A Season of Emphasis

A Season of Emphasis
Since life is never static – until it is over – we find balance is hard to achieve along the way. Most people tend toward some in-balance in their lives and work to place a “season of emphasis” in the troubled areas along the way. Which means you function as best you can each day with what you got, while addressing the most pressing needs in an elevated effort to improve that facet of your life: financial, emotional awareness, business, physical health or even spiritual state thereby working to tune up the most suffering aspect within your world. This may allow you to continue to grow and achieve at higher levels overall by working to fix the “lumpy” parts of your “wheel” as you go, which in turn may help you gain momentum towards your goals while you grow and learn each step of the way.
Our region itself has certainly had to place a “season of emphasis” on restoring new housing while working to create additional dwellings due to the lack of effort over the prior decade in order to restore a balance in this facet of our collective community – which has lead to a higher cost for even the most basic of shelters.
The region typically sees definitive growth in inventory as each new year unfolds with peaks typically showing in spring and summer months while valleys appear in fall and winter. According to BAREIS MLS, November data points indicate that Sonoma County buyers successfully contracted to purchase 314 single-family homes – 12 percent greater than a year earlier. Property owners provided merely 200 new listings to the market during the period – 35 percent less than the prior year when 310 came available - while transactions were completed on 338 dwellings over the last 30 days leaving 883 available properties to carry over into December. The cumulative data tells us that our housing market is tightening with regards to new inventory which typically foreshadows expanding value for well marketed, properly priced new listings as noted with a steady and heightened absorption rate of 38 percent.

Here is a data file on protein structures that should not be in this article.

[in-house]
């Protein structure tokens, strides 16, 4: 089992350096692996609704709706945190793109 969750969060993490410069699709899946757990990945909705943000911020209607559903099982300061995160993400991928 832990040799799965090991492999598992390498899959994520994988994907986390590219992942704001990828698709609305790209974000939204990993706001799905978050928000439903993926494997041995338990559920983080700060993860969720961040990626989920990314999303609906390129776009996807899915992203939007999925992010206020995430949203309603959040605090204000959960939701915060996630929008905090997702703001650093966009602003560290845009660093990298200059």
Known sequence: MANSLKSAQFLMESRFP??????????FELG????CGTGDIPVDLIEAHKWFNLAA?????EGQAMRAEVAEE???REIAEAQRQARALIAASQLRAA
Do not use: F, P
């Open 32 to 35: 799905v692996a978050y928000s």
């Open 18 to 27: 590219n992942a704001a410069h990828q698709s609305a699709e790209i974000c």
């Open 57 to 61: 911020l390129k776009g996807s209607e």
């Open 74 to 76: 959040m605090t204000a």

The absorption rate is calculated by dividing the total number of homes sold in a month by the total number of homes available for sale at the end of the same month. A high absorption rate – 20 percent and above – indicates that the supply of available homes will shrink rapidly, thereby increasing the odds that an owner will sell a property in a shorter period. Conversely, an absorption rate below 15 percent is indicative of a buyer’s market, meaning homes are selling more slowly.
Marin County’s marketplace is confirming a similar path though with even stronger metrics. November showcased merely 51 new offerings – an eye-popping 43 percent fewer than last year – with buyers quickly latching onto 145 newly consummated deals. Sellers closed out 155 transactions during the period leaving the entire county with 258 homes as offerings for buyers to select from over the coming holiday period and further encouraging home seekers – now with an even higher absorption rate of 60 percent - to gain control of their new home ahead of further price moves.
Napa County’s markets - which have technically shown signs of entering a balanced market in five out of the last twelve months - has slipped into a balance reading, though holding near the threshold with the absorption rate resting at 22 percent. November brought only 48 new listings to market – 32 percent less than the prior year - with buyers promptly absorbing 79 properties into new deals during the month. Napa sellers managed to complete the sale of 77 single family homes, leaving 354 left for the markets to ponder this month.
No matter what season you are personally working on at the moment, our region must place concentrated efforts now on the housing market by pushing aside ideals, red-tape, politics and requirements for “studies” of the impacts of where and what type of housing is needed – its time to get things built so we can take control of our future once again.

Follow Us On Instagram